29 March 2016

Life is about to get much worse

Climate change is hard for people to understand or take seriously because its FUTURE impacts will be so vast in scale and intensity. It would be easier for people to "believe in" face if its signs were more local and present (one reason I suggested rebranding it "local warming" years ago).

Sadly, it seems that we're about the arrive in that moment of vast intensity a lot quicker than previously forecast.

Last week, James Hansen (one of the first scientists to bring CC to public attention) and many co-authors published an article (link in this summary) explaining how previous estimates of glacial melting in Antartica and Greenland need to be updated to consider positive feedback effects that are hastening the process. These effects are due to the slowing of ocean circulation that will simulataneously mean warmer seas near the Antarctic ice shelves (helping those glaciers slide into the water more quickly) as well as colder seas near Northern Europe (as the "conveyor" of warm water from the Caribbean shuts down).

The upshot of their estimates (which combine data from a past era that had similar GHG concentrations to today's except that today's have accumulated far faster) is that temperatures and storms will be getting much worse in the next 10-20 years (if not now), while sea levels will rise by at least 2m (6 feet) and as much as 6-7m (20 feet) by 2100 -- far higher than current IPCC restimates of 1m.

Unleash the kraken
At least it's not an alien invasion
These results are far more pessimistic than anything the IPCC has put out for three reasons. First, the IPCC operates by consensus, meaning that the most conservative estimates are used. Second, IPCC data and models are in "uncharted territory," so it is not easy to decide if natural systems are going to retard or reinforce man-made trends. Finally, the law of averages means that hundreds of co-authors will tend to agree on a business as usual, linear path of change, rather than the new normal, exponential path that Hansen et al. predict.

What makes me so worried about Hansen et al.'s dire prediction is a separate paper that I was reading in advance of my upcoming class. Martin Weitzman has been heavily involved in CC economics for several decades, and his 2011 paper "Fat-Tailed Uncertainty in the Economics of Catastrophic Climate Change" [pdf] explains how we (economists) have underestimated risk on 4-5 dimensions, meaning that our models are inaccurate. As an example, Weitzman explains how an average 10 degree increase in temperatures -- a change that would mean "the earth was ice free, while palm trees and alligators lived near the North Pole" -- shows up in models as a 0.1 percent drop in long run GDP growth (from 2.0 to 1.9%). Weitzman points out that such models are incompatible with results where "half of today’s human population would be living in places where, at least once a year, there would be periods when death from heat stress would ensue after about six hours of exposure... i.e., temperatures that would represent an extreme threat to human civilization and global ecology as we now know it."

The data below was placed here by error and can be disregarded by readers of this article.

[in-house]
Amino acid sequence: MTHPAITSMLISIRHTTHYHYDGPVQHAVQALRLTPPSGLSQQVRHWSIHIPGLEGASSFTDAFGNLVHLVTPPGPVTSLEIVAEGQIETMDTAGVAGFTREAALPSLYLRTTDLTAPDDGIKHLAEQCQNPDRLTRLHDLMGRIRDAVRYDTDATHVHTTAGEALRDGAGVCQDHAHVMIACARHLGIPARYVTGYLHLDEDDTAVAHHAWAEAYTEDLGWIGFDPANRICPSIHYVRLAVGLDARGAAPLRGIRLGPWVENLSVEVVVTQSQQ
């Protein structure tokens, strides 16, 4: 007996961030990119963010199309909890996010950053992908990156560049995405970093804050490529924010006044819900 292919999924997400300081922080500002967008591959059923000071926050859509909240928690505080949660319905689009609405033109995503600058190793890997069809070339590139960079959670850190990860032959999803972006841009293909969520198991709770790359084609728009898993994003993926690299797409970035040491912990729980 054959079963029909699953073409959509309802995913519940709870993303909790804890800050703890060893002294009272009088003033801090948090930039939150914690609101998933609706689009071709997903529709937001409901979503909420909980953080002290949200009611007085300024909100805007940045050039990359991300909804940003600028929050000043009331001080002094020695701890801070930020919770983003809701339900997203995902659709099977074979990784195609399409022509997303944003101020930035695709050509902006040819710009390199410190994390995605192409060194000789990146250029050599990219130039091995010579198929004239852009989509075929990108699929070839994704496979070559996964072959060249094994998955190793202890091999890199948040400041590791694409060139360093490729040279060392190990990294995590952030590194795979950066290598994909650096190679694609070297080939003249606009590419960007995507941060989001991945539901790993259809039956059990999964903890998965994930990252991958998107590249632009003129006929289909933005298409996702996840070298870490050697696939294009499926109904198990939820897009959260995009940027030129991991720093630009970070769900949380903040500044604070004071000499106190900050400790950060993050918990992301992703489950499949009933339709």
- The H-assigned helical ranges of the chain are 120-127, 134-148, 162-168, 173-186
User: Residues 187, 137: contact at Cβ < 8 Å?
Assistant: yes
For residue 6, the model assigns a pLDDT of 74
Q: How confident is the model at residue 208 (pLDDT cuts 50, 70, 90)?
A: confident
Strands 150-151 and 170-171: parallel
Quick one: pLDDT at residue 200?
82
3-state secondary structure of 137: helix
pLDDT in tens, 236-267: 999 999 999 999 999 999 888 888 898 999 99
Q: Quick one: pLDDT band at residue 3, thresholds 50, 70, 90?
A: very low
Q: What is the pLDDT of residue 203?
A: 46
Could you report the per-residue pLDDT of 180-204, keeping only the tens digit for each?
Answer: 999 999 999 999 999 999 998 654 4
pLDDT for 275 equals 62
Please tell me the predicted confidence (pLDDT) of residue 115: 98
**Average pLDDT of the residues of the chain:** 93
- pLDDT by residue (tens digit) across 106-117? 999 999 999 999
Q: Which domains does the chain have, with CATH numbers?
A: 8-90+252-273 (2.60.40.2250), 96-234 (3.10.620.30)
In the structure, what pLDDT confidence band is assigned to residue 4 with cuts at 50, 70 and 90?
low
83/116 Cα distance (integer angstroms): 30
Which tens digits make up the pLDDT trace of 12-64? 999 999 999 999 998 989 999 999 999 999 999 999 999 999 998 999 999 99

The upshot is that economic cost-benefit models may be radically understating the cost of climate change (in exactly the same way as they failed to predict the financial crisis), which means that most discussions are far too conservative about the need to act quickly to reduce GHG emissions.

What will the Dutch do?
These two papers put a fine point on the dangers that threaten human civilization, let alone "life as we know it". Although I am sure that some humans will be around in 2100,  I am also pretty sure (given the total lack of meaningful action to reduce GHG emissions) that they will live in a different world. The Dutch, for example, will be forced to abandon two-thirds of their country. Americans will lose half of most coastal cities. San Franciscans will live in the hills, yes, but will they survive the hurricanes and ice storms? People in the developing world will face violence, famine and misery.

Back in 2006, James Lovelock (Mr. Gaia) predicted that 80 percent of humans would die from climate change. More recently, he says that he may have been too pessimistic, except that it's also a good idea for humans to retreat to climate-controlled cities (reminds me of The Water Knife) -- a prediction that many would still find alarming.

Bottom Line: A few years ago, I wrote that my dad's lifetime (roughly 1930-2030) was probably the best century we will ever live. Now I wonder if we're more likely to regret than enjoy the next few decades.*